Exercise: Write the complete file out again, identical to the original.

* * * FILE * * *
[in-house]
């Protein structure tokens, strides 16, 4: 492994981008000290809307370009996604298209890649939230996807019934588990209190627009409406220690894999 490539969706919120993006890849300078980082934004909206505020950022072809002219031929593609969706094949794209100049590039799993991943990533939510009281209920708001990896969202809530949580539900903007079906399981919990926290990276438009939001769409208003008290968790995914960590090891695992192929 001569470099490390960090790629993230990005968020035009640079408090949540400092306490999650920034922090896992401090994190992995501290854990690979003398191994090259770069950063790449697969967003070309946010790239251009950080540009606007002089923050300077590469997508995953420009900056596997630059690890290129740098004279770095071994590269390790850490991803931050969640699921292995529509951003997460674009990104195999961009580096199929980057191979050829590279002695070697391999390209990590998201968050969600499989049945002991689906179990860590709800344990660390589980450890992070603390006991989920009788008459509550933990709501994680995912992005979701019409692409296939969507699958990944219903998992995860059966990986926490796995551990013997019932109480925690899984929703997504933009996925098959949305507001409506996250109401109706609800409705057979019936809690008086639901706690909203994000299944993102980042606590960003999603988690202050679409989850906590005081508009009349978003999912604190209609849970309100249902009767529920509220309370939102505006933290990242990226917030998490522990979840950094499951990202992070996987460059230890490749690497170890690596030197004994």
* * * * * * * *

[in-house]
């Protein structure tokens, strides 16, 4: 492994981008000290809307370009996604298209890649939230996807019934588990209190627009409406220690894999 490539969706919120993006890849300078980082934004909206505020950022072809002219031929593609969706094949794209100049590039799993991943990533939510009281209920708001990896969202809530949580539900903007079906399981919990926290990276438009939001769409208003008290968790995914960590090891695992192929 001569470099490390960090790629993230990005968020035009640079408090949540400092306490999650920034922090896992401090994190992995501290854990690979003398191994090259770069950063790449697969967003070309946010790239251009950080540009606007002089923050300077590469997508995953420009900056596997630059690890290129740098004279770095071994590269390790850490991803931050969640699921292995529509951003997460674009990104195999961009580096199929980057191979050829590279002695070697391999390209990590998201968050969600499989049945002991689906179990860590709800344990660390589980450890992070603390006991989920009788008459509550933990709501994680995912992005979701019409692409296939969507699958990944219903998992995860059966990986926490796995551990013997019932109480925690899984929703997504933009996925098959949305507001409506996250109401109706609800409705057979019936809690008086639901706690909203994000299944993102980042606590960003999603988690202050679409989850906590005081508009009349978003999912604190209609849970309100249902009767529920509220309370939102505006933290990242990226917030998490522990979840950094499951990202992070996987460059230890490749690497170890690596030197004994």